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Site Location: Allegheny, PA
Designer: Javier Villarroel
Instructor: Thomas Kirchner, AIA, LEED AP, BD+C
Exhibited : 2016 Philadelphia Center for Architecture Gallery
2015-17 Philadelphia University SEE Gallery
Weaving Space is an adaptive reuse of the A. Theo Abbott textiles factory. In order to retain importance of the building’s original purpose the new manufacturing facility improves the conditions rather than replaces them and incorporates high-tech photovoltaic textiles, comprised of photosensitive fibers. The building does not only create an environment for production, but also hosts pods above the manufacturing floor dedicated to research to improve continued experimentation with the textiles and education pods to educate students and potential future workers about the sustainable factors of production as well as the growing industry. On top of the working spaces are residential apartments that accommodate 1-2 people and grant access to green roofs and a light well to be used as a large community space. To increase efficiency of the building’s electrical energy consumption, the vegetation from the light wells and green roofs utilize a system called Plant-e Technology, which generates electricity from plants photosynthetic process.
As an standard industrial building with repetitive concrete structure, we realized how simple and efficient our program could be laid out by having the grid close off and connect adjacent program, allowing for the structure to be strategically exposed and aesthetically scale the space in the opened up communal spaces. The same existing structure defines the size of the residences, open spaces, fabrication space and office spaces while they nestle along a grand public atrium. The few instances that break the grid are the luxury residential units on the east facade and the stair wells on the west facade, balancing the offset.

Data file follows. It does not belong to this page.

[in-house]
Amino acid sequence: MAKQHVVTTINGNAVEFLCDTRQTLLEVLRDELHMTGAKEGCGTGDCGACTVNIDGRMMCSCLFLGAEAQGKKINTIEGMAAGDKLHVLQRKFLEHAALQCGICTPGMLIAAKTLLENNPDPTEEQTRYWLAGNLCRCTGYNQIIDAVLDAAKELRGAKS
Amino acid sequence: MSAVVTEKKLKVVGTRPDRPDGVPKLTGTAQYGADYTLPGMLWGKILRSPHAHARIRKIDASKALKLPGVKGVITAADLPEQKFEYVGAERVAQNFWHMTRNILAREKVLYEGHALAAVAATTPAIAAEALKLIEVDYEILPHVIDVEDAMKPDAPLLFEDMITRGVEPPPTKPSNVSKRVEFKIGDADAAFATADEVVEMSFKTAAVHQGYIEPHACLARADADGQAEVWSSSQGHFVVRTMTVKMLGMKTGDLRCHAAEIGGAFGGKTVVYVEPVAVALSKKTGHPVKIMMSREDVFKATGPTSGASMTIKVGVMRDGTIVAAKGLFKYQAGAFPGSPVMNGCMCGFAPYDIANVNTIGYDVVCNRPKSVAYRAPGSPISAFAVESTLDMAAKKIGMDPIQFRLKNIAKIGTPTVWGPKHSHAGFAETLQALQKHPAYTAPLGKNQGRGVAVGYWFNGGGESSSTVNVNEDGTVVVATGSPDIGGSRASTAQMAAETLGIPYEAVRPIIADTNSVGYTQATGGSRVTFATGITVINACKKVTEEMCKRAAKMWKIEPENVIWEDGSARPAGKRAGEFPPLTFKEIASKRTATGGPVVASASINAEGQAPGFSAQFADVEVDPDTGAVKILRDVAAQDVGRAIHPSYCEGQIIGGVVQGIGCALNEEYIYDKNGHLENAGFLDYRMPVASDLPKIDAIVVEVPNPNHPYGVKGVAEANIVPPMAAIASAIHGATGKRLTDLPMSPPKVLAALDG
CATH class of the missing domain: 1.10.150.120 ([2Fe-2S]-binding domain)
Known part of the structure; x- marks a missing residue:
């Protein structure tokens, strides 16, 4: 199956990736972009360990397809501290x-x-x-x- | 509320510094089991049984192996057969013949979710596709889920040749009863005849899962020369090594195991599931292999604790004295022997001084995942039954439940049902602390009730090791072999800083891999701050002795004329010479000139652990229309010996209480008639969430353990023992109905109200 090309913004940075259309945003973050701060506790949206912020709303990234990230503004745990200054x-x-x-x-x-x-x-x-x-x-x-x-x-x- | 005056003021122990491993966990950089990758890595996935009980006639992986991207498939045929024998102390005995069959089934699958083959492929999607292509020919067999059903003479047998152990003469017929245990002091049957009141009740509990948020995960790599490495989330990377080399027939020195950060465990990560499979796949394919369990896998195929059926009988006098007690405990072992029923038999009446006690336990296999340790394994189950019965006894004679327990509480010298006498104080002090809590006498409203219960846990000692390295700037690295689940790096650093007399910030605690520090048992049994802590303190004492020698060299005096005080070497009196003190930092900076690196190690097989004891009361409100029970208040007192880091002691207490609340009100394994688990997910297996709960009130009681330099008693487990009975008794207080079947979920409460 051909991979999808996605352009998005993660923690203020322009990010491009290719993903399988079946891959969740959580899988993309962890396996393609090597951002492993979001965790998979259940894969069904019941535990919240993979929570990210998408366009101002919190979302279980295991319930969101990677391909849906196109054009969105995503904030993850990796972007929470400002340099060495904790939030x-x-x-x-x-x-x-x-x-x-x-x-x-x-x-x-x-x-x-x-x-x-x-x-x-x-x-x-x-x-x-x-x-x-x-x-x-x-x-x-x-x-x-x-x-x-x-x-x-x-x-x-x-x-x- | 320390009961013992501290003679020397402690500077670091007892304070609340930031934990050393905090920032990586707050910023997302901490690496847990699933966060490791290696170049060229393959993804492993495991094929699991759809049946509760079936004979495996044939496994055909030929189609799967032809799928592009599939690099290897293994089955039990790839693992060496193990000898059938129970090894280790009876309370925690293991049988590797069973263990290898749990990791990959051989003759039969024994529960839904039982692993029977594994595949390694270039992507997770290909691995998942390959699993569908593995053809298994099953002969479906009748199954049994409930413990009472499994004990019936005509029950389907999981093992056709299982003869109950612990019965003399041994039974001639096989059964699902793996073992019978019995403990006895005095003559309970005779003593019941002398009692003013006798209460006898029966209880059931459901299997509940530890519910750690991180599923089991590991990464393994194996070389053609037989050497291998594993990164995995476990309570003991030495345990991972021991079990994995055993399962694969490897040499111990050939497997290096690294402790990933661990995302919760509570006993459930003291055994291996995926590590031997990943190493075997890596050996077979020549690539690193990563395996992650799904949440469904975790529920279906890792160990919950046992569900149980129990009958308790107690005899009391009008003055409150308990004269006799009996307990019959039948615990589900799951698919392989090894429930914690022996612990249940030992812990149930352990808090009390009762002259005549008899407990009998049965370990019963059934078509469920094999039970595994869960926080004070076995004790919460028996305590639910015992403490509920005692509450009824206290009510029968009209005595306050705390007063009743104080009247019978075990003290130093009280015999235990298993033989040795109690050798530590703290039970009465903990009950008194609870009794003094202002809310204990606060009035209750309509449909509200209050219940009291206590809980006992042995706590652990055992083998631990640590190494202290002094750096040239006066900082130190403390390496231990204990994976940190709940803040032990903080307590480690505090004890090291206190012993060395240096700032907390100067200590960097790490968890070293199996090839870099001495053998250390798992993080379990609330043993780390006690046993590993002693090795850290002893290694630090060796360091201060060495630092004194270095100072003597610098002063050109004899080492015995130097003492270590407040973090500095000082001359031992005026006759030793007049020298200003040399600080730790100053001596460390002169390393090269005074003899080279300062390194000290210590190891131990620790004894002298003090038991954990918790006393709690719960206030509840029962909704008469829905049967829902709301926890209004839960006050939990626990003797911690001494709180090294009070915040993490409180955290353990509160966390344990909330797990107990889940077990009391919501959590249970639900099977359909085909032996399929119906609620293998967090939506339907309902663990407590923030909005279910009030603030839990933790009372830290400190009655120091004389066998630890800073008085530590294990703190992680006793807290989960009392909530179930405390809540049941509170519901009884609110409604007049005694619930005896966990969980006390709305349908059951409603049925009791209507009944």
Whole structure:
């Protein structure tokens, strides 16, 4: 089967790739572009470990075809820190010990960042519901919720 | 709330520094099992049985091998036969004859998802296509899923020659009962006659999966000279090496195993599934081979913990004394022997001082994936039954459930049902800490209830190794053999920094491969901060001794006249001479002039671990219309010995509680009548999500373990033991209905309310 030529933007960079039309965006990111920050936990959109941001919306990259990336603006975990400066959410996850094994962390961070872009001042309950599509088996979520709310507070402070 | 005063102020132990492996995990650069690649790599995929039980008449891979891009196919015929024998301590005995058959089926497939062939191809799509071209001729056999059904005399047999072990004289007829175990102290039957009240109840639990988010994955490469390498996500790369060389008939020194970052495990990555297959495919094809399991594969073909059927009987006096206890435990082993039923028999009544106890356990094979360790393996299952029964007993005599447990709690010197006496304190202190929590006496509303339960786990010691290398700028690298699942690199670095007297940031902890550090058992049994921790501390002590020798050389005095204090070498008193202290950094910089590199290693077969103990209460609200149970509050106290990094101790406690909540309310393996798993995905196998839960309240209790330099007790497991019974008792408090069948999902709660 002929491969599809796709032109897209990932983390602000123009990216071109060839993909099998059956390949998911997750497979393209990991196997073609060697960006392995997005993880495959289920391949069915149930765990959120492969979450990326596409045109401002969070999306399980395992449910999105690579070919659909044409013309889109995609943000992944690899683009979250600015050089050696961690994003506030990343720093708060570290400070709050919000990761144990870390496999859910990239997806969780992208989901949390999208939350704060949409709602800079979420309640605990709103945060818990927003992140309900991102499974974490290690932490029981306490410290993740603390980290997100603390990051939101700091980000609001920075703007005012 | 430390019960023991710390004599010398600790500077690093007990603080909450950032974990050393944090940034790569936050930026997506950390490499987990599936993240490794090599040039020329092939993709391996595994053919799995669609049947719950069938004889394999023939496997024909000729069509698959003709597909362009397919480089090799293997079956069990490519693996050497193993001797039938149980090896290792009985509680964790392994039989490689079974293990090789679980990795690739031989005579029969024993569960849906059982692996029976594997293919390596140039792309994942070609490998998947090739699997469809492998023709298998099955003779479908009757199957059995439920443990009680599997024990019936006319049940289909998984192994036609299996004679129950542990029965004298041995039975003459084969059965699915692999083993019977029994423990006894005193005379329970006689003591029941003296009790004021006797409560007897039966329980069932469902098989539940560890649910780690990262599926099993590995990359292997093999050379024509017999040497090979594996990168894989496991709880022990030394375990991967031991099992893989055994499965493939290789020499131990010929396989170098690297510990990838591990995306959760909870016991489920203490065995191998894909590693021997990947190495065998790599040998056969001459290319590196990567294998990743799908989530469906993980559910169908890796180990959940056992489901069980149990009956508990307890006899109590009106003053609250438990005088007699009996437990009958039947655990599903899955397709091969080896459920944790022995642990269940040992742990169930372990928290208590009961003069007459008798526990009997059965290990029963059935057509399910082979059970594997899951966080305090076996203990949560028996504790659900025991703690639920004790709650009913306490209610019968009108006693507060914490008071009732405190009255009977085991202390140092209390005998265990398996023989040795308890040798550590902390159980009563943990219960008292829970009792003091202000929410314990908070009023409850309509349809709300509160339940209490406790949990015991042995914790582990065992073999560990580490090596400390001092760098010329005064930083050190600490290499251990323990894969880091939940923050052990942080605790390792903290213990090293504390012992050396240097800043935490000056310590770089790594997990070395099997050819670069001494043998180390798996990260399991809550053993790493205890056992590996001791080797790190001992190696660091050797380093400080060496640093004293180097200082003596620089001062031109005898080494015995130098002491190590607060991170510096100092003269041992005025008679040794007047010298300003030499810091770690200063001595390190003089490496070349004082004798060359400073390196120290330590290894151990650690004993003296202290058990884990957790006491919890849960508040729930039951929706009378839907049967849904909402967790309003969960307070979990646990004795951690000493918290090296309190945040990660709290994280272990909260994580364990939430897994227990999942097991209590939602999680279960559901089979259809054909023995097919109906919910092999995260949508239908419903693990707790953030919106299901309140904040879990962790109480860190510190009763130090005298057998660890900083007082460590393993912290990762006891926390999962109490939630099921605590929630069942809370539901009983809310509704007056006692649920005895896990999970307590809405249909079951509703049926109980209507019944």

Conceptual Program Diagram
Private and public space determine
materiality of the facade, utilizing either triple glazed argon windows or concrete shells containing PCMs to optimize thermal comfort within
both large and small spaces
Private spaces are individually arranged like pods in order to optimize use of the existing structural grid
Excess heat that is undesired from mechanical systems as well as the underfloor air distribution system channel their way up to the skylight, dispersing the air throughout, resulting in more mixture of conditioned air
Direct sunlight entering light well permits increased surface area for Plant E Technology to take place and ultimately increases surface area with solar heat gain
Direct sunlight increases production of photosynthesis and therefore increases the rate in which electricity is generated using
Plant E Technology
Spacing of residential spaces creates a bris-soleil by restricting the sun's rays from reaching the facade in the summer, but permitting them to strike the thermal mass facade in the winter
Section perspective of building
Creating an Energy Ecosystem
The arrangement of the program and masses intends to set up an energy ecosystem, where
Roll to roll processing technique
Nano Imprint Lithography
Work stations on the first floor will be a continuing part of the textile generating tradition, with novel machines that take up a fraction of the space that would be necessary to produce textiles. Not only that, but the textile itself will have solar cells embedded, using a process called nano imprint lithography for the production of solar cells. With this technique large scale solar cell embedded textiles will be able to be produced in bulk.
Because of the existing structure's prominently concrete interior, the accompanying materials must be warm and inviting in order to create a beautifully textured and acoustically effective interior.
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